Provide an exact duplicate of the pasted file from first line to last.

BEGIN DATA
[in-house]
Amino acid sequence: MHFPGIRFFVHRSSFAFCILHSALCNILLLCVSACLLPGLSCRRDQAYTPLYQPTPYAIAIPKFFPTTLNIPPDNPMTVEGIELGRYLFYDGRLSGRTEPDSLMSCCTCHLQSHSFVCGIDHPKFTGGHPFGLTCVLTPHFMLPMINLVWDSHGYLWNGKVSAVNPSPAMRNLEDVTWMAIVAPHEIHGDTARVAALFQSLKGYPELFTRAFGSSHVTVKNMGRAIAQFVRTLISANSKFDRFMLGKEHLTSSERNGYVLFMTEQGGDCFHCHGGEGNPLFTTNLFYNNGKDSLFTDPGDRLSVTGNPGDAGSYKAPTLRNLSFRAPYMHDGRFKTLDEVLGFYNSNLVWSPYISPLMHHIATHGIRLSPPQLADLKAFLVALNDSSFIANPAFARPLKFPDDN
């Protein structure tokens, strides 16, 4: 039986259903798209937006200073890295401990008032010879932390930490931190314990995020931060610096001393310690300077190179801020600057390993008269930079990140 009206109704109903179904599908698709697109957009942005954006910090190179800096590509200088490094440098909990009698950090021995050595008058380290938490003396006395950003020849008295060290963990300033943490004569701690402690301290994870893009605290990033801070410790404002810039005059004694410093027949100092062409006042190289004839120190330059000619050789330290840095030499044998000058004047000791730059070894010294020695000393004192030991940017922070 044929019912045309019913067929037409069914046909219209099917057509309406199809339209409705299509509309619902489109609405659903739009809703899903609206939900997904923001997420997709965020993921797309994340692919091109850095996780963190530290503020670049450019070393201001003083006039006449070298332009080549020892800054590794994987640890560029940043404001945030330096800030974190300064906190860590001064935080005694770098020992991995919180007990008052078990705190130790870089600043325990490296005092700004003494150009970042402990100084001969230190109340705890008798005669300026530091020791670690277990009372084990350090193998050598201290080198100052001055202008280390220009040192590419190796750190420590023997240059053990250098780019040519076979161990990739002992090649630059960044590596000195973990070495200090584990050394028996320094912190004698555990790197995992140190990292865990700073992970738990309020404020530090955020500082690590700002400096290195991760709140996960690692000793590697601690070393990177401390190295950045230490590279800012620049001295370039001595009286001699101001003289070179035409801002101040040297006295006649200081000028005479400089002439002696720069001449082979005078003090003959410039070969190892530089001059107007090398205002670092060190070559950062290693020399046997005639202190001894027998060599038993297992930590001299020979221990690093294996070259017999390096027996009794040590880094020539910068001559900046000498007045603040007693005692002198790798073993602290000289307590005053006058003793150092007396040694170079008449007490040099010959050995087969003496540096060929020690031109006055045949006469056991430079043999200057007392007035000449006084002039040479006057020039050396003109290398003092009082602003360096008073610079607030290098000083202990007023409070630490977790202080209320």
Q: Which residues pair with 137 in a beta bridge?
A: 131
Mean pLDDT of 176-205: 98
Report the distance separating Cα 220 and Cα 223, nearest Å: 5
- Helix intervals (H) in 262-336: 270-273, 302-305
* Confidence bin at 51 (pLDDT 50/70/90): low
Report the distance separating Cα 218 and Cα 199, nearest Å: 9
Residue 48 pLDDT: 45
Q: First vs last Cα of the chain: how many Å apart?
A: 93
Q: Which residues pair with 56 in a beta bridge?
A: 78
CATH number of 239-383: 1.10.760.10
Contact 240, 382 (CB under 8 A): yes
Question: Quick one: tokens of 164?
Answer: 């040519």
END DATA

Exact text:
[in-house]
Amino acid sequence: MHFPGIRFFVHRSSFAFCILHSALCNILLLCVSACLLPGLSCRRDQAYTPLYQPTPYAIAIPKFFPTTLNIPPDNPMTVEGIELGRYLFYDGRLSGRTEPDSLMSCCTCHLQSHSFVCGIDHPKFTGGHPFGLTCVLTPHFMLPMINLVWDSHGYLWNGKVSAVNPSPAMRNLEDVTWMAIVAPHEIHGDTARVAALFQSLKGYPELFTRAFGSSHVTVKNMGRAIAQFVRTLISANSKFDRFMLGKEHLTSSERNGYVLFMTEQGGDCFHCHGGEGNPLFTTNLFYNNGKDSLFTDPGDRLSVTGNPGDAGSYKAPTLRNLSFRAPYMHDGRFKTLDEVLGFYNSNLVWSPYISPLMHHIATHGIRLSPPQLADLKAFLVALNDSSFIANPAFARPLKFPDDN
């Protein structure tokens, strides 16, 4: 039986259903798209937006200073890295401990008032010879932390930490931190314990995020931060610096001393310690300077190179801020600057390993008269930079990140 009206109704109903179904599908698709697109957009942005954006910090190179800096590509200088490094440098909990009698950090021995050595008058380290938490003396006395950003020849008295060290963990300033943490004569701690402690301290994870893009605290990033801070410790404002810039005059004694410093027949100092062409006042190289004839120190330059000619050789330290840095030499044998000058004047000791730059070894010294020695000393004192030991940017922070 044929019912045309019913067929037409069914046909219209099917057509309406199809339209409705299509509309619902489109609405659903739009809703899903609206939900997904923001997420997709965020993921797309994340692919091109850095996780963190530290503020670049450019070393201001003083006039006449070298332009080549020892800054590794994987640890560029940043404001945030330096800030974190300064906190860590001064935080005694770098020992991995919180007990008052078990705190130790870089600043325990490296005092700004003494150009970042402990100084001969230190109340705890008798005669300026530091020791670690277990009372084990350090193998050598201290080198100052001055202008280390220009040192590419190796750190420590023997240059053990250098780019040519076979161990990739002992090649630059960044590596000195973990070495200090584990050394028996320094912190004698555990790197995992140190990292865990700073992970738990309020404020530090955020500082690590700002400096290195991760709140996960690692000793590697601690070393990177401390190295950045230490590279800012620049001295370039001595009286001699101001003289070179035409801002101040040297006295006649200081000028005479400089002439002696720069001449082979005078003090003959410039070969190892530089001059107007090398205002670092060190070559950062290693020399046997005639202190001894027998060599038993297992930590001299020979221990690093294996070259017999390096027996009794040590880094020539910068001559900046000498007045603040007693005692002198790798073993602290000289307590005053006058003793150092007396040694170079008449007490040099010959050995087969003496540096060929020690031109006055045949006469056991430079043999200057007392007035000449006084002039040479006057020039050396003109290398003092009082602003360096008073610079607030290098000083202990007023409070630490977790202080209320």
Q: Which residues pair with 137 in a beta bridge?
A: 131
Mean pLDDT of 176-205: 98
Report the distance separating Cα 220 and Cα 223, nearest Å: 5
- Helix intervals (H) in 262-336: 270-273, 302-305
* Confidence bin at 51 (pLDDT 50/70/90): low
Report the distance separating Cα 218 and Cα 199, nearest Å: 9
Residue 48 pLDDT: 45
Q: First vs last Cα of the chain: how many Å apart?
A: 93
Q: Which residues pair with 56 in a beta bridge?
A: 78
CATH number of 239-383: 1.10.760.10
Contact 240, 382 (CB under 8 A): yes
Question: Quick one: tokens of 164?
Answer: 């040519």